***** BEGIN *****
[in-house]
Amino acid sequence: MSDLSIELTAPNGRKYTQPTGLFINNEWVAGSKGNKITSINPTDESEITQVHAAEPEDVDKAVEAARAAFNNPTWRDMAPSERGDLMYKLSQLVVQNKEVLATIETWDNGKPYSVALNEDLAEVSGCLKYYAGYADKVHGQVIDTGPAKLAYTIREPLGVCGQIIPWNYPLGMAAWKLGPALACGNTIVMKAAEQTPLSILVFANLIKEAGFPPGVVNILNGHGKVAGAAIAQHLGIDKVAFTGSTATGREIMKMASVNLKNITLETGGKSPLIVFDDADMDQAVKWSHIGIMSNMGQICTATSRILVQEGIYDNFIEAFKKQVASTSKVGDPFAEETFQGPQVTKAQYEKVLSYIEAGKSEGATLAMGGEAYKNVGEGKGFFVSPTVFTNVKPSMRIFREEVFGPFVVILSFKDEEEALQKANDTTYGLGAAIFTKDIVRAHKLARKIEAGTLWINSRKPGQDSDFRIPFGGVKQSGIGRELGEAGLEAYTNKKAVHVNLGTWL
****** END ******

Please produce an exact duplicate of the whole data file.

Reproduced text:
[in-house]
Amino acid sequence: MSDLSIELTAPNGRKYTQPTGLFINNEWVAGSKGNKITSINPTDESEITQVHAAEPEDVDKAVEAARAAFNNPTWRDMAPSERGDLMYKLSQLVVQNKEVLATIETWDNGKPYSVALNEDLAEVSGCLKYYAGYADKVHGQVIDTGPAKLAYTIREPLGVCGQIIPWNYPLGMAAWKLGPALACGNTIVMKAAEQTPLSILVFANLIKEAGFPPGVVNILNGHGKVAGAAIAQHLGIDKVAFTGSTATGREIMKMASVNLKNITLETGGKSPLIVFDDADMDQAVKWSHIGIMSNMGQICTATSRILVQEGIYDNFIEAFKKQVASTSKVGDPFAEETFQGPQVTKAQYEKVLSYIEAGKSEGATLAMGGEAYKNVGEGKGFFVSPTVFTNVKPSMRIFREEVFGPFVVILSFKDEEEALQKANDTTYGLGAAIFTKDIVRAHKLARKIEAGTLWINSRKPGQDSDFRIPFGGVKQSGIGRELGEAGLEAYTNKKAVHVNLGTWL